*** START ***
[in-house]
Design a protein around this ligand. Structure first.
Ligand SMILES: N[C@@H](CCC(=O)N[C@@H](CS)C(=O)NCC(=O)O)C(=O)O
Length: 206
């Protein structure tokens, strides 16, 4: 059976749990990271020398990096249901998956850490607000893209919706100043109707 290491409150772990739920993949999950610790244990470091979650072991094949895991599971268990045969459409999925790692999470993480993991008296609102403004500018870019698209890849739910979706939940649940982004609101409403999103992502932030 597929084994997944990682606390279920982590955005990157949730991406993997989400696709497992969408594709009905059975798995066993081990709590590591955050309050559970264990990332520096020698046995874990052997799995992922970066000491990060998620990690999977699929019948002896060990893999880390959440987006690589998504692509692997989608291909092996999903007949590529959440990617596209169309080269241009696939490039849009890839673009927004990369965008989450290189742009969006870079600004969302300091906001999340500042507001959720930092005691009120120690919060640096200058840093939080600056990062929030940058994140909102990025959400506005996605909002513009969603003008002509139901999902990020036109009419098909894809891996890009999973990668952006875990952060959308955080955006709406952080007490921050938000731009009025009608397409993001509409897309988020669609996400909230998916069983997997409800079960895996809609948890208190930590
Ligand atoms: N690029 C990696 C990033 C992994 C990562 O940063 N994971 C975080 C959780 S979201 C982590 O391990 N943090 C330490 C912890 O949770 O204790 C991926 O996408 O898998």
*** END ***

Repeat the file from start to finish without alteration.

[in-house]
Design a protein around this ligand. Structure first.
Ligand SMILES: N[C@@H](CCC(=O)N[C@@H](CS)C(=O)NCC(=O)O)C(=O)O
Length: 206
């Protein structure tokens, strides 16, 4: 059976749990990271020398990096249901998956850490607000893209919706100043109707 290491409150772990739920993949999950610790244990470091979650072991094949895991599971268990045969459409999925790692999470993480993991008296609102403004500018870019698209890849739910979706939940649940982004609101409403999103992502932030 597929084994997944990682606390279920982590955005990157949730991406993997989400696709497992969408594709009905059975798995066993081990709590590591955050309050559970264990990332520096020698046995874990052997799995992922970066000491990060998620990690999977699929019948002896060990893999880390959440987006690589998504692509692997989608291909092996999903007949590529959440990617596209169309080269241009696939490039849009890839673009927004990369965008989450290189742009969006870079600004969302300091906001999340500042507001959720930092005691009120120690919060640096200058840093939080600056990062929030940058994140909102990025959400506005996605909002513009969603003008002509139901999902990020036109009419098909894809891996890009999973990668952006875990952060959308955080955006709406952080007490921050938000731009009025009608397409993001509409897309988020669609996400909230998916069983997997409800079960895996809609948890208190930590
Ligand atoms: N690029 C990696 C990033 C992994 C990562 O940063 N994971 C975080 C959780 S979201 C982590 O391990 N943090 C330490 C912890 O949770 O204790 C991926 O996408 O898998």